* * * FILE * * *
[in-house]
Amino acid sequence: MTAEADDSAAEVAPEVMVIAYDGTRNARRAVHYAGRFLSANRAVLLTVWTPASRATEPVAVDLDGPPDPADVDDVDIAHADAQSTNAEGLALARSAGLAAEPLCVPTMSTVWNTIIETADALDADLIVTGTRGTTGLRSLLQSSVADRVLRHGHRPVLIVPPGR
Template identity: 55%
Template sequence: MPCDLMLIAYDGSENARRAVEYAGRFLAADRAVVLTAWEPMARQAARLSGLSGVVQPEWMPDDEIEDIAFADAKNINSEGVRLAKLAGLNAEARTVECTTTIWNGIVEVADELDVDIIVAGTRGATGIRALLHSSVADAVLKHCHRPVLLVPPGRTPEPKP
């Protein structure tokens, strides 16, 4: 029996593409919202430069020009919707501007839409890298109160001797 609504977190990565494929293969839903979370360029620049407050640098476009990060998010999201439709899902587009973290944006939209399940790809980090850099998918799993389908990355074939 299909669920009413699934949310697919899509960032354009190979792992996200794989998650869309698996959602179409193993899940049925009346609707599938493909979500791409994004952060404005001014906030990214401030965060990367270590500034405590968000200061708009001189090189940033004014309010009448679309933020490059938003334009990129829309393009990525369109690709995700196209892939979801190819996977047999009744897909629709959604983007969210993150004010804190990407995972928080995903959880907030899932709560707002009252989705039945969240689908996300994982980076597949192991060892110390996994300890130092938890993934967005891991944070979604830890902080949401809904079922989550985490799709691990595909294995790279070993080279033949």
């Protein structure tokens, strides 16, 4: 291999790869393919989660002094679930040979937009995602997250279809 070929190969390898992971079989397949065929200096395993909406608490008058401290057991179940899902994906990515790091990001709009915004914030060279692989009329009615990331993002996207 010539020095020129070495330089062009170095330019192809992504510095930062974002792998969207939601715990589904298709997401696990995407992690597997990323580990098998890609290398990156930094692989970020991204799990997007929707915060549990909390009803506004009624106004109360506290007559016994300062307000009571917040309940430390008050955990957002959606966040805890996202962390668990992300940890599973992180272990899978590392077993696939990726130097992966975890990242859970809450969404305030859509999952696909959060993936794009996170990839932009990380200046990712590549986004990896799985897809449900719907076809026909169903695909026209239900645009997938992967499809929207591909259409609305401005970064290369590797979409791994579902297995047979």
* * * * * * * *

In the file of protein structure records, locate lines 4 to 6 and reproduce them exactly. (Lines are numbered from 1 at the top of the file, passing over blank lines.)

Template sequence: MPCDLMLIAYDGSENARRAVEYAGRFLAADRAVVLTAWEPMARQAARLSGLSGVVQPEWMPDDEIEDIAFADAKNINSEGVRLAKLAGLNAEARTVECTTTIWNGIVEVADELDVDIIVAGTRGATGIRALLHSSVADAVLKHCHRPVLLVPPGRTPEPKP
């Protein structure tokens, strides 16, 4: 029996593409919202430069020009919707501007839409890298109160001797 609504977190990565494929293969839903979370360029620049407050640098476009990060998010999201439709899902587009973290944006939209399940790809980090850099998918799993389908990355074939 299909669920009413699934949310697919899509960032354009190979792992996200794989998650869309698996959602179409193993899940049925009346609707599938493909979500791409994004952060404005001014906030990214401030965060990367270590500034405590968000200061708009001189090189940033004014309010009448679309933020490059938003334009990129829309393009990525369109690709995700196209892939979801190819996977047999009744897909629709959604983007969210993150004010804190990407995972928080995903959880907030899932709560707002009252989705039945969240689908996300994982980076597949192991060892110390996994300890130092938890993934967005891991944070979604830890902080949401809904079922989550985490799709691990595909294995790279070993080279033949």
């Protein structure tokens, strides 16, 4: 291999790869393919989660002094679930040979937009995602997250279809 070929190969390898992971079989397949065929200096395993909406608490008058401290057991179940899902994906990515790091990001709009915004914030060279692989009329009615990331993002996207 010539020095020129070495330089062009170095330019192809992504510095930062974002792998969207939601715990589904298709997401696990995407992690597997990323580990098998890609290398990156930094692989970020991204799990997007929707915060549990909390009803506004009624106004109360506290007559016994300062307000009571917040309940430390008050955990957002959606966040805890996202962390668990992300940890599973992180272990899978590392077993696939990726130097992966975890990242859970809450969404305030859509999952696909959060993936794009996170990839932009990380200046990712590549986004990896799985897809449900719907076809026909169903695909026209239900645009997938992967499809929207591909259409609305401005970064290369590797979409791994579902297995047979």